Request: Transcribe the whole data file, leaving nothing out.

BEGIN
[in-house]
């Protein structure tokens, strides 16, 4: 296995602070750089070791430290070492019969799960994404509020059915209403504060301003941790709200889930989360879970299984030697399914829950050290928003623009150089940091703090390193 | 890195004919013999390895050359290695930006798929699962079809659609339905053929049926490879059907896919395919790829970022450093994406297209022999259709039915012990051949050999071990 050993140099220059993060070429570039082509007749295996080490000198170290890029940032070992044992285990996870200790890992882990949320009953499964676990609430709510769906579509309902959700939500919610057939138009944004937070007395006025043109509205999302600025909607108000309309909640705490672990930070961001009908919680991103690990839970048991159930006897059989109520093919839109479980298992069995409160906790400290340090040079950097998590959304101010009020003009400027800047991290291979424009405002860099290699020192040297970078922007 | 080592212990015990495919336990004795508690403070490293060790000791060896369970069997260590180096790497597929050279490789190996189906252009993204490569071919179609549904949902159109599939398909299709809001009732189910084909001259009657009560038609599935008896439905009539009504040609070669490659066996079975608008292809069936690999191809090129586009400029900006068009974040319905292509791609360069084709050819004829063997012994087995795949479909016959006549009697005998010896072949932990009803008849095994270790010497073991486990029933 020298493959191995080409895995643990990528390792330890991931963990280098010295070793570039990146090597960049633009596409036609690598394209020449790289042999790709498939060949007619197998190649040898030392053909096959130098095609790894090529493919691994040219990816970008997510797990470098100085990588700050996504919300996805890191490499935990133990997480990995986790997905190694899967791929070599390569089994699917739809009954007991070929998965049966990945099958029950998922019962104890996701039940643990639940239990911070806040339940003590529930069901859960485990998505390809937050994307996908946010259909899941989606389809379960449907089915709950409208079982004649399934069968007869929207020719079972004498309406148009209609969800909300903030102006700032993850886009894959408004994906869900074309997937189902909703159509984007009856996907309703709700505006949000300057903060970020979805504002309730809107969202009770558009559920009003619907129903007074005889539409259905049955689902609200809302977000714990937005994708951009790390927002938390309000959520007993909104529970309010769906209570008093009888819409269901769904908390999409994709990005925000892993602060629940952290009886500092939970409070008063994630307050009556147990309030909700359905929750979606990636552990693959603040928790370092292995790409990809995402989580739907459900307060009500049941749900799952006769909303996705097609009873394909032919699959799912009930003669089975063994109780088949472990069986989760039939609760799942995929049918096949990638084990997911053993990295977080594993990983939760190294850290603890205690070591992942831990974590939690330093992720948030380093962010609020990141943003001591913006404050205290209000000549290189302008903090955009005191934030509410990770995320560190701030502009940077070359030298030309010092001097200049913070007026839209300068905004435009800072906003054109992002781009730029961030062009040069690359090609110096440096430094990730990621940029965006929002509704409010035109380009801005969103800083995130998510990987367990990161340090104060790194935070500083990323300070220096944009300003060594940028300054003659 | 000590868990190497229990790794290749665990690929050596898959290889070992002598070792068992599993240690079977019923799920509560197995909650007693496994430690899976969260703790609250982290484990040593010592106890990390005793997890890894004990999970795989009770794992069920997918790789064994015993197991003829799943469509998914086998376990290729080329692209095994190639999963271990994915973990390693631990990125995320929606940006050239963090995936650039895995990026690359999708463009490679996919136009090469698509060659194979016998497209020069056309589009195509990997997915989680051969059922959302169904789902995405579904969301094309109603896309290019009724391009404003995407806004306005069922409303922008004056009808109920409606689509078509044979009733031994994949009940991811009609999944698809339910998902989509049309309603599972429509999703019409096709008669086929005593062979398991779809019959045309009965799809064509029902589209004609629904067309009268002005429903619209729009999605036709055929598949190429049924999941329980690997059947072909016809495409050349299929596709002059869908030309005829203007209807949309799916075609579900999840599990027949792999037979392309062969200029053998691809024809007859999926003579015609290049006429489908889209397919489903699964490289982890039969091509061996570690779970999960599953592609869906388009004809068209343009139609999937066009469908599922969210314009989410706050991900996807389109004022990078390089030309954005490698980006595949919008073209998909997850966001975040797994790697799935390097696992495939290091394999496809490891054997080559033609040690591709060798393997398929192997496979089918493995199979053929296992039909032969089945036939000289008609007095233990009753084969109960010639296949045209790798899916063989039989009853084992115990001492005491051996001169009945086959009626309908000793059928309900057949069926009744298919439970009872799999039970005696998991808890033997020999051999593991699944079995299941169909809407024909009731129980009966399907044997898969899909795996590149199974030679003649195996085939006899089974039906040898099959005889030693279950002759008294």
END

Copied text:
[in-house]
């Protein structure tokens, strides 16, 4: 296995602070750089070791430290070492019969799960994404509020059915209403504060301003941790709200889930989360879970299984030697399914829950050290928003623009150089940091703090390193 | 890195004919013999390895050359290695930006798929699962079809659609339905053929049926490879059907896919395919790829970022450093994406297209022999259709039915012990051949050999071990 050993140099220059993060070429570039082509007749295996080490000198170290890029940032070992044992285990996870200790890992882990949320009953499964676990609430709510769906579509309902959700939500919610057939138009944004937070007395006025043109509205999302600025909607108000309309909640705490672990930070961001009908919680991103690990839970048991159930006897059989109520093919839109479980298992069995409160906790400290340090040079950097998590959304101010009020003009400027800047991290291979424009405002860099290699020192040297970078922007 | 080592212990015990495919336990004795508690403070490293060790000791060896369970069997260590180096790497597929050279490789190996189906252009993204490569071919179609549904949902159109599939398909299709809001009732189910084909001259009657009560038609599935008896439905009539009504040609070669490659066996079975608008292809069936690999191809090129586009400029900006068009974040319905292509791609360069084709050819004829063997012994087995795949479909016959006549009697005998010896072949932990009803008849095994270790010497073991486990029933 020298493959191995080409895995643990990528390792330890991931963990280098010295070793570039990146090597960049633009596409036609690598394209020449790289042999790709498939060949007619197998190649040898030392053909096959130098095609790894090529493919691994040219990816970008997510797990470098100085990588700050996504919300996805890191490499935990133990997480990995986790997905190694899967791929070599390569089994699917739809009954007991070929998965049966990945099958029950998922019962104890996701039940643990639940239990911070806040339940003590529930069901859960485990998505390809937050994307996908946010259909899941989606389809379960449907089915709950409208079982004649399934069968007869929207020719079972004498309406148009209609969800909300903030102006700032993850886009894959408004994906869900074309997937189902909703159509984007009856996907309703709700505006949000300057903060970020979805504002309730809107969202009770558009559920009003619907129903007074005889539409259905049955689902609200809302977000714990937005994708951009790390927002938390309000959520007993909104529970309010769906209570008093009888819409269901769904908390999409994709990005925000892993602060629940952290009886500092939970409070008063994630307050009556147990309030909700359905929750979606990636552990693959603040928790370092292995790409990809995402989580739907459900307060009500049941749900799952006769909303996705097609009873394909032919699959799912009930003669089975063994109780088949472990069986989760039939609760799942995929049918096949990638084990997911053993990295977080594993990983939760190294850290603890205690070591992942831990974590939690330093992720948030380093962010609020990141943003001591913006404050205290209000000549290189302008903090955009005191934030509410990770995320560190701030502009940077070359030298030309010092001097200049913070007026839209300068905004435009800072906003054109992002781009730029961030062009040069690359090609110096440096430094990730990621940029965006929002509704409010035109380009801005969103800083995130998510990987367990990161340090104060790194935070500083990323300070220096944009300003060594940028300054003659 | 000590868990190497229990790794290749665990690929050596898959290889070992002598070792068992599993240690079977019923799920509560197995909650007693496994430690899976969260703790609250982290484990040593010592106890990390005793997890890894004990999970795989009770794992069920997918790789064994015993197991003829799943469509998914086998376990290729080329692209095994190639999963271990994915973990390693631990990125995320929606940006050239963090995936650039895995990026690359999708463009490679996919136009090469698509060659194979016998497209020069056309589009195509990997997915989680051969059922959302169904789902995405579904969301094309109603896309290019009724391009404003995407806004306005069922409303922008004056009808109920409606689509078509044979009733031994994949009940991811009609999944698809339910998902989509049309309603599972429509999703019409096709008669086929005593062979398991779809019959045309009965799809064509029902589209004609629904067309009268002005429903619209729009999605036709055929598949190429049924999941329980690997059947072909016809495409050349299929596709002059869908030309005829203007209807949309799916075609579900999840599990027949792999037979392309062969200029053998691809024809007859999926003579015609290049006429489908889209397919489903699964490289982890039969091509061996570690779970999960599953592609869906388009004809068209343009139609999937066009469908599922969210314009989410706050991900996807389109004022990078390089030309954005490698980006595949919008073209998909997850966001975040797994790697799935390097696992495939290091394999496809490891054997080559033609040690591709060798393997398929192997496979089918493995199979053929296992039909032969089945036939000289008609007095233990009753084969109960010639296949045209790798899916063989039989009853084992115990001492005491051996001169009945086959009626309908000793059928309900057949069926009744298919439970009872799999039970005696998991808890033997020999051999593991699944079995299941169909809407024909009731129980009966399907044997898969899909795996590149199974030679003649195996085939006899089974039906040898099959005889030693279950002759008294």